May 21, 2010 “Little Birdie…”
May 21, 2010 “Little Birdie…”
It is rare that one gets the opportunity to make a real difference in the world; to change the outcome or fate of something or someone. We can live our entire life waiting on the chance to step in and, for a moment, be a hero. We may have to act alone in our heroism, or as a member of larger group working in concert. Tonight at work I was afforded the opportunity to head up a team effort for just such an endeavor…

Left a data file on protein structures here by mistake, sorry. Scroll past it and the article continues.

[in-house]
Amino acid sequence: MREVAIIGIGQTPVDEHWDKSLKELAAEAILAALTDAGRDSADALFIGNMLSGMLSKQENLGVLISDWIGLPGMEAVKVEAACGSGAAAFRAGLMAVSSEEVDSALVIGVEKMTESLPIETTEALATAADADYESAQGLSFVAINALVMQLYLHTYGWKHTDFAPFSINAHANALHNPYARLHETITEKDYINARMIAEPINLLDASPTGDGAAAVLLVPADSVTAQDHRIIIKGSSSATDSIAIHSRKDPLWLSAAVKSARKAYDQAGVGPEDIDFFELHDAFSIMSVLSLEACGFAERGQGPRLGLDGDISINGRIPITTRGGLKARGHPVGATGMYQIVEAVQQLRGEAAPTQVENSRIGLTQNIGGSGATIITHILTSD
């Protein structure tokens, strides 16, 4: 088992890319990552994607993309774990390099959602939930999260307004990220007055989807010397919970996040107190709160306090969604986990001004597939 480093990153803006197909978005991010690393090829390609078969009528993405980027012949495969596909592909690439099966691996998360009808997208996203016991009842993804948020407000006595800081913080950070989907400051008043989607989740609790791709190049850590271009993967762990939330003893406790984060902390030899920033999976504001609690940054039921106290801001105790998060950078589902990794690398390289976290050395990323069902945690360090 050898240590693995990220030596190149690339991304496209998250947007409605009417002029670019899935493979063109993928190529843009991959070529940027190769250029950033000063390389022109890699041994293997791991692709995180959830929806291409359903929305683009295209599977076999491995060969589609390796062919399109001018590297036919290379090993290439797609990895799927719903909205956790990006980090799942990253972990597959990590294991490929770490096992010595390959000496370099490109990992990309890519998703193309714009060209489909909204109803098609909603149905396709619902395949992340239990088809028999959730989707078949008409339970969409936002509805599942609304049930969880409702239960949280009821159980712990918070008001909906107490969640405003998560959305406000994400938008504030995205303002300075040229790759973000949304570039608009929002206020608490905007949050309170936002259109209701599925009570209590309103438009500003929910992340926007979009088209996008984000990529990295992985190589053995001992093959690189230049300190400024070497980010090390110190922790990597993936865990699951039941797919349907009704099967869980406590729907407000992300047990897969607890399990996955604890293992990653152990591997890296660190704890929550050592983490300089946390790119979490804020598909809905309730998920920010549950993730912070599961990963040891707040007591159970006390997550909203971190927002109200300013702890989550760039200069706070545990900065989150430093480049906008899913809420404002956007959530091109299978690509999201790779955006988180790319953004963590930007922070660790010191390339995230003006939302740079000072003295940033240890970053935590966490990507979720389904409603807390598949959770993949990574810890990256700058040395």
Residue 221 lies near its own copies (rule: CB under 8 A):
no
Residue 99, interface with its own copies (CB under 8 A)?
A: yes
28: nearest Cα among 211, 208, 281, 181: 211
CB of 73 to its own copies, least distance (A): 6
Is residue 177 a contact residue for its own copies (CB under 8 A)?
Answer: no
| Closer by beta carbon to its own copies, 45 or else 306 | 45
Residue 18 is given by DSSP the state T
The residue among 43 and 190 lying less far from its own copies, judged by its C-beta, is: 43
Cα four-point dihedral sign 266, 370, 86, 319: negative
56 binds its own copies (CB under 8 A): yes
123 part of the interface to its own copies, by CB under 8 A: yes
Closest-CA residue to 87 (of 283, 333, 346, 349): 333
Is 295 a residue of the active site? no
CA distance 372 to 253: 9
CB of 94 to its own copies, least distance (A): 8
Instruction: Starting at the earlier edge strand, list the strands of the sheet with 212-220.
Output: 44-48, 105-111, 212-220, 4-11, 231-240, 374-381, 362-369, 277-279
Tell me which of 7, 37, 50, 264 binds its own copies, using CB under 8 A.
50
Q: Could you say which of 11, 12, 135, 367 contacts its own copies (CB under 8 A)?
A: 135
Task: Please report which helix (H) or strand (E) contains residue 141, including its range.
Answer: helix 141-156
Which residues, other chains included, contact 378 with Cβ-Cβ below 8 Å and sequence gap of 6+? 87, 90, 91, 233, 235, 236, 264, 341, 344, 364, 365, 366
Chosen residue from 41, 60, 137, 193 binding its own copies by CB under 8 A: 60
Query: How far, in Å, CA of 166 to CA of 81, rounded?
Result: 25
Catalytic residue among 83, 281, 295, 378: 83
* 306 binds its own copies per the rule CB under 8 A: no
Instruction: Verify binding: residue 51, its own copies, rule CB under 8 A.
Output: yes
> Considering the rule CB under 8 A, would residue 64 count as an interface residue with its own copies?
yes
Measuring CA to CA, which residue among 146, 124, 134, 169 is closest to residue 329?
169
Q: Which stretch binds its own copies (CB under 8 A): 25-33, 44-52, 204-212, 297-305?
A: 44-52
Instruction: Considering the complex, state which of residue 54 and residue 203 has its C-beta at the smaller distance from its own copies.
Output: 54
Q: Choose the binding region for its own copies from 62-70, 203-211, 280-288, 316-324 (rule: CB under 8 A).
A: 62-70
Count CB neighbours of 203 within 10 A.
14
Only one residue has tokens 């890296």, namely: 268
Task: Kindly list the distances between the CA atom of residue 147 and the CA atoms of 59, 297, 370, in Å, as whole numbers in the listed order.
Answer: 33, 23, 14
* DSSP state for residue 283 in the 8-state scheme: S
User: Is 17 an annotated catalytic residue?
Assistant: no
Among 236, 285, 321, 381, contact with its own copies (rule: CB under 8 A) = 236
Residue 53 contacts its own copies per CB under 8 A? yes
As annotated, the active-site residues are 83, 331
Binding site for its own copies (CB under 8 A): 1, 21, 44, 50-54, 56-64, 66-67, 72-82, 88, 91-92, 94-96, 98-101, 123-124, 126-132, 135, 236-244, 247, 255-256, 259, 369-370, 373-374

I work at a factory type job in a large open space building. At the front and rear of the building are large doors that roll up to open, much like many home garage doors, except on a larger scale. When these doors are open to the outside world they offer a very large entry into the facility and birds often find there way inside the building. I guess they think they are flying into a large cave or something, never dreaming that the cave mouth will close and leave them trapped inside, but it happens quite often. Usually the birds find their way out quickly the next time one of the doors opens. However, occasionally an unlucky little bird cannot find it’s way out for a few days and this bodes very ill indeed for the tiny feathered prisoner. Tonight, while I was at my job, I noticed just such a stowaway as it flew down from the high ceiling beams of the building to land on a large pallet of materials just a few yards from where I stood. It landed there and did not move for several moments, and as I watched, the little Catbird was pecking and prodding at the plastic wrapping on the top of the pallet as if it were trying to eat it. I was busily working when my co-worker, Becky, walked by within three feet of the bird and it didn’t try to fly away, that’s when I knew the bird was very weak and, maybe, a little disoriented. We decided that the bird might need some food and water, so as I worked and watched the weak little bird, Becky found some bread crumbs from someone’s lunch and filled a makeshift water container with some water. She was able to get pretty close to the pitiful little fellow before he started to act scared, so she placed the food and water within easy reach of the bird and moved away. The bird ignored this offering and just continued to pick at the plastic wrap. I decided to try my hand at catching the bird. I tried to use a broom to gently subdue it, but this was a bad approach, for when I tried to capture the creature it moved away and looked as if it would fly, and then, a few minutes later, I tried again. This time I tried to “net” it with a large lightweight plastic drop cloth, but this time it mustered the strength to fly back to the beams high above. We thought all was lost until, in a few minutes, the bird came back. Only this time he landed on the floor and feebly hopped around…one tiny, weak hop at a time. Becky tried to give it the water again, but to no avail. Then I had an idea…the bird was heading between two more of the pallets like the ones he landed on before, but these were much smaller, only about 18 inches high. I told Becky to be ready with the drop cloth and when the bird went between the pallets we would each take a corner and float the light plastic net over the space between the pallets and net the bird. As the unsuspecting bird did as I thought he would we sprung our trap…with Becky on one side and me on the other the bird could only fly upward and into our plastic net… we had him! I quickly gathered the net up around the little bird to keep him from injuring himself in his attempt to escape. He was so weak that he hardly fluttered at all. I immediately picked up the helpless bird and whisked him to the nearest exit and outside. I took him to a picnic table at the back of the building and gently unwrapped the plastic from around him and released him. He flew like an arrow toward the trees and freedom, but before he did, he turned and winked at me and said, “Thanks to you and your friend for being my Heroes” !